I can’t help thinking of Steven Chu, the Nobel Prize-winning physicist Obama picked as his first energy secretary. Soon after his appointment and before the comms team put a vice on him, he admitted his fears out loud:
“I don’t think the American public has gripped in its gut what could happen. We’re looking at a scenario where there’s no more agriculture in California.
“I don’t actually see how they can keep their cities going.”
The situation doesn’t look as dire north of the border, but you can see below there is a lot of “abnormally dry” and worse in Canada as well. Note that the maps for all of North America are updated less frequently than the U.S. ones.
If you look at the top left corner of the map, you’ll see that Alaska pops out “abnormally dry.” Just this week, a U.S. agency updated the “new climate normals” for the country. One notable change: Fairbanks, Alaska, officially changed from “sub-Arctic” to “warm summer continental climate.”
Gas companies fighting electrification
If there are two words that summarize the enormous challenge of decarbonization, they are “electrify everything.” Leaked documents obtained by E&E News reveal both Enbridge and FortisBC have joined a consortium “to combat electrification.”
The leaked presentation encourages industry to “take advantage of power outage fear” to promote natural gas. Another slide says “natural gas (fossil fuel) is in for the fight of its life.”
Earther figures the “Leaked Slides Show the Gas Industry is Freaking Out.” And they ought to be. A new report out of Australia shows kids living in a house with gas stoves might as well be living with someone smoking in the house. They are 32 per cent more likely to develop asthma.
In a perverse recognition of the growing strength of the climate justice movement, Canada’s energy regulator has decided Trans Mountain can keep the names of its pipeline insurers secret.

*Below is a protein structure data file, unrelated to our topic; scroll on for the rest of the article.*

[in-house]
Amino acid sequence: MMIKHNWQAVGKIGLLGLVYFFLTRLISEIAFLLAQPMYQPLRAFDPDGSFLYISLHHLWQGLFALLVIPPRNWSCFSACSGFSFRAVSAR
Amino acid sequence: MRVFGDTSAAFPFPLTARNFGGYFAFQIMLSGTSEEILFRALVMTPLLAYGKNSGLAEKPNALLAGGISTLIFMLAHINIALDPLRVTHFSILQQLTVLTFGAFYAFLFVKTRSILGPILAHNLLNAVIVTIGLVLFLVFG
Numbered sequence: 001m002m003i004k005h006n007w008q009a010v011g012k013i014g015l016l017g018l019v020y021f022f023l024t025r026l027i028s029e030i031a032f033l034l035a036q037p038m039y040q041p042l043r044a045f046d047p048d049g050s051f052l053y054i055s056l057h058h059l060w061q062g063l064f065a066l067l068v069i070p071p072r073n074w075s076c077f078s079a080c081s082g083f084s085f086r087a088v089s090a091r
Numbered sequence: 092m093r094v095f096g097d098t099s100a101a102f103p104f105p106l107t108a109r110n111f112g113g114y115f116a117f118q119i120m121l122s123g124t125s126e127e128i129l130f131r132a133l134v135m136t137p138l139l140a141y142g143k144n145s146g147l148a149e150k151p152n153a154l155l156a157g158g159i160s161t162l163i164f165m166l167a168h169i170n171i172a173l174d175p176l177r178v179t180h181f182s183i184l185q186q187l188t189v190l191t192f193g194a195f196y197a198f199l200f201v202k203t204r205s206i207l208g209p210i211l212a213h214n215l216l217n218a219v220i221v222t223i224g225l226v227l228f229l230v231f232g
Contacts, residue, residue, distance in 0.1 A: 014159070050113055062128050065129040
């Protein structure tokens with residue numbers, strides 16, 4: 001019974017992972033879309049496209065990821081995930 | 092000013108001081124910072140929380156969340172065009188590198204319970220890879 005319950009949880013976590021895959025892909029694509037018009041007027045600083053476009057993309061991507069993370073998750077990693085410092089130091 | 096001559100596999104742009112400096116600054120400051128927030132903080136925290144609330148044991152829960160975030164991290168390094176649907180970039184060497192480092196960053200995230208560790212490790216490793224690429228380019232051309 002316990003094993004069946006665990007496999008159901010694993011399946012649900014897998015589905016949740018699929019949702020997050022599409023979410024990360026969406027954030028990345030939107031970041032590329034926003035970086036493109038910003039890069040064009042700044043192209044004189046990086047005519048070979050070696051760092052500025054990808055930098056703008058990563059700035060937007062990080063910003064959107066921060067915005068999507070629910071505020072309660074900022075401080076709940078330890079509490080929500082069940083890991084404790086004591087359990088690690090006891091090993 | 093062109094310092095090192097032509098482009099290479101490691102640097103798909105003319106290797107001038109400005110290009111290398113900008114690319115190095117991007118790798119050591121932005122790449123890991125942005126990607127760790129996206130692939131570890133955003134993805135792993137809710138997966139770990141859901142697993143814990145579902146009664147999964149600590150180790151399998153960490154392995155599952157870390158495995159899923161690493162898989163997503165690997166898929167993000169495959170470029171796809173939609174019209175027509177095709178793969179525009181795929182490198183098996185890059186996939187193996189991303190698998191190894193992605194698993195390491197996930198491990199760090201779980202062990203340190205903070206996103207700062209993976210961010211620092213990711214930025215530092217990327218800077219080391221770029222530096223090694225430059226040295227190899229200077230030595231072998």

The Tsleil-Waututh Nation had been contacting insurers to "inform them that the project violates our rights and our unextinguished laws." Zurich, Munich Re and HDI had all confirmed they would not renew insurance for the pipeline.
“The Canada Energy Regulator is expanding Trans Mountain’s culture of secrecy when it should be doing the opposite, especially for a government-owned company during a climate crisis,” said Charlene Aleck, spokesperson for Tsleil-Waututh Nation Sacred Trust Initiative.
Alberta renewables keep on booming
Some big news this week from the Athabasca Chipewyan First Nation. Already co-owner of the biggest off-grid solar project in Canada, the ACFN is now investing in 67 megawatts of solar in southern Alberta and construction is underway.
Chief Allan Adam says: “ACFN want to be a leader in helping Alberta and Canada protect climate. Solar is now one of the cheapest and best choices for power.”
Overall in Alberta, there’s roughly $4 billion of capital investment for solar and wind projects under construction right now. It’s not a story you hear the provincial government talking much about but it’s getting into the same league as the oilsands, which saw $6.7 billion of capital invested in 2020.
I’ll leave you this week with a podcast. It’s a conversation between Seth Klein, who wrote A Good War: Mobilizing Canada for the Climate Emergency, and David Coletto, who runs polling and public opinion research for Abacus. I'm still savouring the image of any politician making climate pronouncements having a top scientist hovering two metres away to hold them accountable.